And I claim I can break this up because the proof is that for every c in C is equal to a sum of -- it's a linear combination of the generators. So I just break that up into the three possible parts. So I get one part that's in the past subcode, one part's in the future subcode, and one is in the state. So this is the past, this is the future, this is the state. So I just break it up according to this. So the 16 code words can all be written in this way in our particular example.
So let's project this code word on the past. What does projection mean? It means you just don't look at the part that's in the future. So we're looking at four-tuples now. So C projected on to the past, this is the part that lives over here. It is equal to -- well, if I project the past code word on the past, I basically get the past code word again. Let me write it like that, but it's a little bit redundant.
Incidental comment: I can regard this past subcode as either an 8 1 4 code, but what is it really? It doesn't live out here. It's support is on these four. It's really a 4 1 4 repetition code that lives on the past. It's support is the past. Similarly, the support here is the future, and it's effectively a 4 1 4 repetition code for our example.
But formally, if we project this on the past, it's a one-to-one projection. What happens to the future part? This disappears, because the projection of anything in the future code on the past is all 0 by definition. Plus, it's the projection of the state sequence on the past.
Could the projection of the state sequence on the past be all 0? This is actually an important point. Could the the projection of any linear combination of these generators down here be all 0 in the past?
The answer is no by the definition of the future subcode. If I found a linear combination of this that was all 0 in the past, I should add that to the generators of the future subcode. So by defining this in this way, I've forced this to be nonzero, unless, of course, the state sequence itself was 0. The all 0 sequence is in the state code. So this is nonzero if S is nonzero.
And similarly, if I project a code word on the future, I get -- this becomes all 0. I get the element of the future code projected on the future, plus the state on the future, the state projected on the future.
And now I claim further that this means I can draw a trellis as follows. Start from here. For the all 0 sequence, I'll have a bunch of parallel paths going to the zero state that together add up to the past subcode. These are precise. One of these is going to be all 0, and these are precisely the ones over here that can be followed by all 0, as I've already claimed. So these are the ones that can be followed by 0, and similarly over here I'm going to put all the future subcode.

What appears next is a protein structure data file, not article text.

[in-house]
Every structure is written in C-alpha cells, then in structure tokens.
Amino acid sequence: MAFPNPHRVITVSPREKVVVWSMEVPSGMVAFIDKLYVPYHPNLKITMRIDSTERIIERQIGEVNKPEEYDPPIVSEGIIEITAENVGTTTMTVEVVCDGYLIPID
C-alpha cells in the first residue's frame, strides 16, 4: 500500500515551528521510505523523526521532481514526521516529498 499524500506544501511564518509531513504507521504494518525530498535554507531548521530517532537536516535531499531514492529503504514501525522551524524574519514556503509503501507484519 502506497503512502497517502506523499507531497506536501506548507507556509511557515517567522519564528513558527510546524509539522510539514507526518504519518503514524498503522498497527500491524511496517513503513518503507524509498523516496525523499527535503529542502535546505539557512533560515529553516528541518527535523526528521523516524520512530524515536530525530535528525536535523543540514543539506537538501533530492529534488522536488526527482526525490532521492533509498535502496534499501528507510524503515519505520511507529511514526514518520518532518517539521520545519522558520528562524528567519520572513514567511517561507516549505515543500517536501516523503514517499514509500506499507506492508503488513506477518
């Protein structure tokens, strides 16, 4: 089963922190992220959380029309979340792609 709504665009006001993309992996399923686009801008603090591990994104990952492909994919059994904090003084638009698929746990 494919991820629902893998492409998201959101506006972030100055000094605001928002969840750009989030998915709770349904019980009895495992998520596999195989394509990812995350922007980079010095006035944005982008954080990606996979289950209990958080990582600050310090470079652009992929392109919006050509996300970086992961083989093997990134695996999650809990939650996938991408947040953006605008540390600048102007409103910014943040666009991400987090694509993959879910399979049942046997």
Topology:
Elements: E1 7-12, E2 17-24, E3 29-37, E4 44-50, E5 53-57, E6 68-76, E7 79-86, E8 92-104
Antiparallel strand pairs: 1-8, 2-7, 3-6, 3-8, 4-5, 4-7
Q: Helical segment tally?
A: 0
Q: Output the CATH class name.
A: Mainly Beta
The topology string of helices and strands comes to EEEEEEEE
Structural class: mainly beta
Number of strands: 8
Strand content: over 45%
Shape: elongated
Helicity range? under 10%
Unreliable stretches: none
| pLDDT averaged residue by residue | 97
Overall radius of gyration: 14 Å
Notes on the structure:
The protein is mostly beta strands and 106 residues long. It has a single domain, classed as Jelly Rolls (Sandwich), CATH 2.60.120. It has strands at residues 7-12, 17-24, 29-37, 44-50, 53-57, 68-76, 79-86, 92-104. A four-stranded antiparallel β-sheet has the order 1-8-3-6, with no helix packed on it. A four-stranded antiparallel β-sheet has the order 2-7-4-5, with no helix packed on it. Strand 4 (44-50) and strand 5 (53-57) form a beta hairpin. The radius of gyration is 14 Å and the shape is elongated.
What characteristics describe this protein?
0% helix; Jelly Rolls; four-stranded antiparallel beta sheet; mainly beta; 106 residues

I will say these correspond to the state sequence 0. These are the ones where if I put 0 coefficients down here, I just get linear combinations of the past subcode and the future subcode. I'm going to write those as going through all one trellis state. And I believe I've already made the argument that this state at least is legitimate, that every combination of something in the past subcode with something in the future subcode is a code word. This is simply just Cp plus Cf, what I wrote before. So I've got one state that represents all of Cp plus Cf.
And now let's take another typical state down here. We'll say this state corresponds to the state sequence S, or S is a general state sequence. Think of it as being nonzero. And what am I going to put on that? I'm going to put Cp plus this state sequence projected on the past. And that way I'll get all past projections that are of this form for a specific S projected on the past, allowing this to vary through the past subcode.
And similarly over here, I will let the set of all these trellis branches be Cf plus the state projected on the future. So all the things that go through this state here will be Cp plus Cf plus this particular state sequence. So for each of the state sequences, I claim I can define a state. So it's the set of all past continuations of anything that projects on the past as anything in the past subcode plus a past projection of the state sequence can be combined with anything in the future, Cf plus the future continuation of the state sequence.
One of these is simply the past projection of the state sequence plus the future projection of the state sequence. And this is S, and by construction this is a code word in the code. Now by linearity I can add any past code word to this past projection. And that's a code word, so any of these elements plus Sf, continued by Sf, the future projection is a code word. See, there we're taking something generated by Cp and the state code. And similarly, anything by here comes out here.